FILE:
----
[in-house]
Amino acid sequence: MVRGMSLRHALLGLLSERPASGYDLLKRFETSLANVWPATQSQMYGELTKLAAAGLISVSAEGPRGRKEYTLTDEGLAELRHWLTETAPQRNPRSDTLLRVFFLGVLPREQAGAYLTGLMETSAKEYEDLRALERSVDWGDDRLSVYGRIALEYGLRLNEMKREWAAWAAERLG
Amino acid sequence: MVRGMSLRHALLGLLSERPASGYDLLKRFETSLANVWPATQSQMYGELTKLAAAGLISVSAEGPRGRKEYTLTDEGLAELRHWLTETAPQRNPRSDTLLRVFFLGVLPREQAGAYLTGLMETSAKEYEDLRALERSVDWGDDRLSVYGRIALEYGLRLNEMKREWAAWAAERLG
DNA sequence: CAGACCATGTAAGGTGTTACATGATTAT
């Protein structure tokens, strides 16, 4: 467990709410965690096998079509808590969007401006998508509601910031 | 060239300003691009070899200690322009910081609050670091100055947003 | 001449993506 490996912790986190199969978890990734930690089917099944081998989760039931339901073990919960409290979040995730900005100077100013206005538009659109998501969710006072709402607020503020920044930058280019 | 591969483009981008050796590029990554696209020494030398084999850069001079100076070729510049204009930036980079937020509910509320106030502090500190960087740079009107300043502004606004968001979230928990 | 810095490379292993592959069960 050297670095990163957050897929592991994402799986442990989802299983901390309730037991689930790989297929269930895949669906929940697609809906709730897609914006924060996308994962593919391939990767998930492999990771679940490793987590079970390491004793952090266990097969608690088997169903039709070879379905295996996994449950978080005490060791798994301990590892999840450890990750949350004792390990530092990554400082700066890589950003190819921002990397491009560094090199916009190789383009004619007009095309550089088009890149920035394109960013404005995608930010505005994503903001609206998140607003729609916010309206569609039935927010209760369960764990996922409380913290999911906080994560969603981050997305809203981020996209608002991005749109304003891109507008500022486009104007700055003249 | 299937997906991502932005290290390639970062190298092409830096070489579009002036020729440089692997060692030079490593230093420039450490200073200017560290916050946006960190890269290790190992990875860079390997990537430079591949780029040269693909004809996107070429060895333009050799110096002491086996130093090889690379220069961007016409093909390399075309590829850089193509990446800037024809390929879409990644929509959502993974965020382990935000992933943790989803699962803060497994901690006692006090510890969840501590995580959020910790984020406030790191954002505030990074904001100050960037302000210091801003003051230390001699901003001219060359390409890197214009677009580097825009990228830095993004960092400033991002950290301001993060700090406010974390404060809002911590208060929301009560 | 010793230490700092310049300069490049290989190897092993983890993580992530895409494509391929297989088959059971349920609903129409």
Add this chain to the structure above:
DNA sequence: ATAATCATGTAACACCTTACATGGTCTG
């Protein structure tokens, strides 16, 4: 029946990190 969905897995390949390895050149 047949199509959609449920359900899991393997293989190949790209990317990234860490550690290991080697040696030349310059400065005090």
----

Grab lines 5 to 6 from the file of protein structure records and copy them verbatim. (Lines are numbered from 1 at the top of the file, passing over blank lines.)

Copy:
């Protein structure tokens, strides 16, 4: 467990709410965690096998079509808590969007401006998508509601910031 | 060239300003691009070899200690322009910081609050670091100055947003 | 001449993506 490996912790986190199969978890990734930690089917099944081998989760039931339901073990919960409290979040995730900005100077100013206005538009659109998501969710006072709402607020503020920044930058280019 | 591969483009981008050796590029990554696209020494030398084999850069001079100076070729510049204009930036980079937020509910509320106030502090500190960087740079009107300043502004606004968001979230928990 | 810095490379292993592959069960 050297670095990163957050897929592991994402799986442990989802299983901390309730037991689930790989297929269930895949669906929940697609809906709730897609914006924060996308994962593919391939990767998930492999990771679940490793987590079970390491004793952090266990097969608690088997169903039709070879379905295996996994449950978080005490060791798994301990590892999840450890990750949350004792390990530092990554400082700066890589950003190819921002990397491009560094090199916009190789383009004619007009095309550089088009890149920035394109960013404005995608930010505005994503903001609206998140607003729609916010309206569609039935927010209760369960764990996922409380913290999911906080994560969603981050997305809203981020996209608002991005749109304003891109507008500022486009104007700055003249 | 299937997906991502932005290290390639970062190298092409830096070489579009002036020729440089692997060692030079490593230093420039450490200073200017560290916050946006960190890269290790190992990875860079390997990537430079591949780029040269693909004809996107070429060895333009050799110096002491086996130093090889690379220069961007016409093909390399075309590829850089193509990446800037024809390929879409990644929509959502993974965020382990935000992933943790989803699962803060497994901690006692006090510890969840501590995580959020910790984020406030790191954002505030990074904001100050960037302000210091801003003051230390001699901003001219060359390409890197214009677009580097825009990228830095993004960092400033991002950290301001993060700090406010974390404060809002911590208060929301009560 | 010793230490700092310049300069490049290989190897092993983890993580992530895409494509391929297989088959059971349920609903129409």
Add this chain to the structure above: